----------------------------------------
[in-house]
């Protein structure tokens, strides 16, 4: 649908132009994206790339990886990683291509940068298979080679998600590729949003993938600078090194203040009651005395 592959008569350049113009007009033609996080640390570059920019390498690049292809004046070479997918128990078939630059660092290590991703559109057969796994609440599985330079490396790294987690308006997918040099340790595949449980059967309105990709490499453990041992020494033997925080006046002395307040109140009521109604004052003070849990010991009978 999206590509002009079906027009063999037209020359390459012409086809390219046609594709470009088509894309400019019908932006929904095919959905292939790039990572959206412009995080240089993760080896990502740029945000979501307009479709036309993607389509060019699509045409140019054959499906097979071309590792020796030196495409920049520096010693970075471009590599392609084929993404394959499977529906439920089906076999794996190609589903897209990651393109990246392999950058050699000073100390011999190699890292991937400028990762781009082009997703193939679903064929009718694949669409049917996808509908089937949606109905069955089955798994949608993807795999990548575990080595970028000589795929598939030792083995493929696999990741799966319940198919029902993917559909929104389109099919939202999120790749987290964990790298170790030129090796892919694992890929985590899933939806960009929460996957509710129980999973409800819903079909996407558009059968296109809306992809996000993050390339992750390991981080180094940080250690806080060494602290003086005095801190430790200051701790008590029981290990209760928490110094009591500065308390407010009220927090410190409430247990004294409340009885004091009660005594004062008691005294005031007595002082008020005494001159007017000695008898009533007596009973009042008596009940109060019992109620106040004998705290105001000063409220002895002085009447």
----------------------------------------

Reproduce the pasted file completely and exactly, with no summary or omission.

[in-house]
């Protein structure tokens, strides 16, 4: 649908132009994206790339990886990683291509940068298979080679998600590729949003993938600078090194203040009651005395 592959008569350049113009007009033609996080640390570059920019390498690049292809004046070479997918128990078939630059660092290590991703559109057969796994609440599985330079490396790294987690308006997918040099340790595949449980059967309105990709490499453990041992020494033997925080006046002395307040109140009521109604004052003070849990010991009978 999206590509002009079906027009063999037209020359390459012409086809390219046609594709470009088509894309400019019908932006929904095919959905292939790039990572959206412009995080240089993760080896990502740029945000979501307009479709036309993607389509060019699509045409140019054959499906097979071309590792020796030196495409920049520096010693970075471009590599392609084929993404394959499977529906439920089906076999794996190609589903897209990651393109990246392999950058050699000073100390011999190699890292991937400028990762781009082009997703193939679903064929009718694949669409049917996808509908089937949606109905069955089955798994949608993807795999990548575990080595970028000589795929598939030792083995493929696999990741799966319940198919029902993917559909929104389109099919939202999120790749987290964990790298170790030129090796892919694992890929985590899933939806960009929460996957509710129980999973409800819903079909996407558009059968296109809306992809996000993050390339992750390991981080180094940080250690806080060494602290003086005095801190430790200051701790008590029981290990209760928490110094009591500065308390407010009220927090410190409430247990004294409340009885004091009660005594004062008691005294005031007595002082008020005494001159007017000695008898009533007596009973009042008596009940109060019992109620106040004998705290105001000063409220002895002085009447």